(The Washington Post) – It’s not hard to understand what makes Dr. Oz so popular. Called “America’s doctor,” syndicated talk-show host Mehmet Oz speaks in a way anyone can understand. Medicine may be complex. But with Dr. Oz, clad in scrubs and crooning to millions of viewers about “miracles” and “revolutionary” breakthroughs, it’s often not. He somehow makes it fun. And people can’t get enough.
“I haven’t seen a doctor in eight years,” the New Yorker quoted one viewer telling Oz. “I’m scared. You’re the only one I trust.”
But is that trust misplaced? Or has Oz, who often peddles miracle cures for weight loss and other maladies, mortgaged medical veracity for entertainment value?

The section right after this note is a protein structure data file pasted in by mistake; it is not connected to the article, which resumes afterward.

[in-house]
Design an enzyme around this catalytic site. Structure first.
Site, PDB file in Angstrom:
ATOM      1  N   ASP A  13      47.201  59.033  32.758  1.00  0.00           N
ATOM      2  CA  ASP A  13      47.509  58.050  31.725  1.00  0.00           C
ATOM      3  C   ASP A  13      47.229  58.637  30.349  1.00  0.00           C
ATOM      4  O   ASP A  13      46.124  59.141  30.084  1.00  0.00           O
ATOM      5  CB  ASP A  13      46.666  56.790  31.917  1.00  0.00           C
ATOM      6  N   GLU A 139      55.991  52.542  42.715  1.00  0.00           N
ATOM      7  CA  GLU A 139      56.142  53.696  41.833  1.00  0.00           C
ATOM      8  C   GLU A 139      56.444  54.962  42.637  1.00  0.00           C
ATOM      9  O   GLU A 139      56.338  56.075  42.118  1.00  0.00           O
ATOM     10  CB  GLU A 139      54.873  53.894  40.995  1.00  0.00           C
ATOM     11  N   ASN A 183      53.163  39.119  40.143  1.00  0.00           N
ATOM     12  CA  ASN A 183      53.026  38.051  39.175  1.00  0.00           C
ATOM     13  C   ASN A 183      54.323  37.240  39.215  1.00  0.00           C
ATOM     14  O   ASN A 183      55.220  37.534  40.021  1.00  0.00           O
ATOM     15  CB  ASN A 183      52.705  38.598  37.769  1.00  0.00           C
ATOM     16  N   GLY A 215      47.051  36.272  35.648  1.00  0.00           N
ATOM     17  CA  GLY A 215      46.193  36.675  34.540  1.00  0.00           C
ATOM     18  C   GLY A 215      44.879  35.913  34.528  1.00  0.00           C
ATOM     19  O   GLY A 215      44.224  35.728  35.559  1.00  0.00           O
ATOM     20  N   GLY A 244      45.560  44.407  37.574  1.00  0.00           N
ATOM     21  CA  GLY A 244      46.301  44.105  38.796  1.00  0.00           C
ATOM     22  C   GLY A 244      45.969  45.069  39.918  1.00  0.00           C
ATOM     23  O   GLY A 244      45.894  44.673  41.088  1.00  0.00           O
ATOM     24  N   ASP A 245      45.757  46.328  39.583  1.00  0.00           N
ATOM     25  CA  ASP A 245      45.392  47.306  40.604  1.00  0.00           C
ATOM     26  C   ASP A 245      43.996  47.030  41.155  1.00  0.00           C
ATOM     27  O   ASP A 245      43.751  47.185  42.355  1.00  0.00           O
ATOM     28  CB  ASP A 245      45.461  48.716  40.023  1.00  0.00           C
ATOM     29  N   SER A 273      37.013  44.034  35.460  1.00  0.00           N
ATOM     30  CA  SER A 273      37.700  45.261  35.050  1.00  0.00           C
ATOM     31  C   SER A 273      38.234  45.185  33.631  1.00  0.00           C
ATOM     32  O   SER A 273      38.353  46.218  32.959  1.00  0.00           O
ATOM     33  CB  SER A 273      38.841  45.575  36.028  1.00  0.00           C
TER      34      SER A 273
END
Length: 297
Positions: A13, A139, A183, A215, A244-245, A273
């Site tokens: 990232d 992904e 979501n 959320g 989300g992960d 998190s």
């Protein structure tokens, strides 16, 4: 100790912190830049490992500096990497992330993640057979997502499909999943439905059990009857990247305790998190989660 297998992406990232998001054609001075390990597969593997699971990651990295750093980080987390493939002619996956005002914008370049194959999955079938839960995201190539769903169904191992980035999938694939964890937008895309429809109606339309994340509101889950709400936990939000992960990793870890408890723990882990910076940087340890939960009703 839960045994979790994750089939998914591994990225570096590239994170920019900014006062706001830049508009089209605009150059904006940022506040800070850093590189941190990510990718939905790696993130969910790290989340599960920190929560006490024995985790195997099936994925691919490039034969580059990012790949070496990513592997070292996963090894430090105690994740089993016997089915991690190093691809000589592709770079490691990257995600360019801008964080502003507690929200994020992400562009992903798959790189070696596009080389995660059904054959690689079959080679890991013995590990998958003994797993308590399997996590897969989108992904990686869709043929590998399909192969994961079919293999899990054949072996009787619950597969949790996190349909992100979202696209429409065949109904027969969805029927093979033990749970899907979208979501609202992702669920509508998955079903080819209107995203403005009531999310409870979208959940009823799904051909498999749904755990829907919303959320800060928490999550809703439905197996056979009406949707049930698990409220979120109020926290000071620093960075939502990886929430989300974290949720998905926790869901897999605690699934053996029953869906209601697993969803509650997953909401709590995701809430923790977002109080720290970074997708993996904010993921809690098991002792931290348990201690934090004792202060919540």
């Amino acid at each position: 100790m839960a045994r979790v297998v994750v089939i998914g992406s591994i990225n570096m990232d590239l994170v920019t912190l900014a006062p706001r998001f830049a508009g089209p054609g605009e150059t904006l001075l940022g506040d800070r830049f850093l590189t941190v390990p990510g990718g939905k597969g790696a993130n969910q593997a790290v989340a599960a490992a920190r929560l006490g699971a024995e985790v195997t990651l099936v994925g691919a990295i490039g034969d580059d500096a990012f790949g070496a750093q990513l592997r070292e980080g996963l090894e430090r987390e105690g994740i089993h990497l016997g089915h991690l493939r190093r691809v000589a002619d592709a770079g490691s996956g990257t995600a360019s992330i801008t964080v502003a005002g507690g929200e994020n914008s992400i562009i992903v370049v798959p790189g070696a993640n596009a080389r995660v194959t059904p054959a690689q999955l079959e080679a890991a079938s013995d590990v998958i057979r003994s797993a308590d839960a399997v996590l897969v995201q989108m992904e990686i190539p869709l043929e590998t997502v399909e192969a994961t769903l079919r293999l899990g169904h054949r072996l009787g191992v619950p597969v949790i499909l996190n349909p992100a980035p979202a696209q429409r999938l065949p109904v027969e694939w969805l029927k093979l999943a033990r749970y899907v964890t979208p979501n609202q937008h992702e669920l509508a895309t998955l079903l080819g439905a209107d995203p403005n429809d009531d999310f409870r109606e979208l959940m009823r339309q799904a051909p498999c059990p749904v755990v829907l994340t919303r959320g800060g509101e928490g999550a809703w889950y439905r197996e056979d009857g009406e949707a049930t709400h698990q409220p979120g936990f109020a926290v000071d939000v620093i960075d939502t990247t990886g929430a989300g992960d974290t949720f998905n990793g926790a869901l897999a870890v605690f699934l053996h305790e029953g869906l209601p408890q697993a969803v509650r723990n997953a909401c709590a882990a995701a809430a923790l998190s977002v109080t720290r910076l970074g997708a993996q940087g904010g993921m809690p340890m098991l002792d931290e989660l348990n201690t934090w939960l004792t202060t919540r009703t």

These questions have hammered Oz for months. In June, he was hauled in front of Congress, where Sen. Claire McCaskill (D-Mo.) told him he gave people false hope and criticized his segments as a “recipe for disaster.” Then last month, a study he widely trumpeted lauding coffee bean weight-loss pills was retracted despite Oz’s assertions it could “burn fat fast for anyone who wants to lose weight.”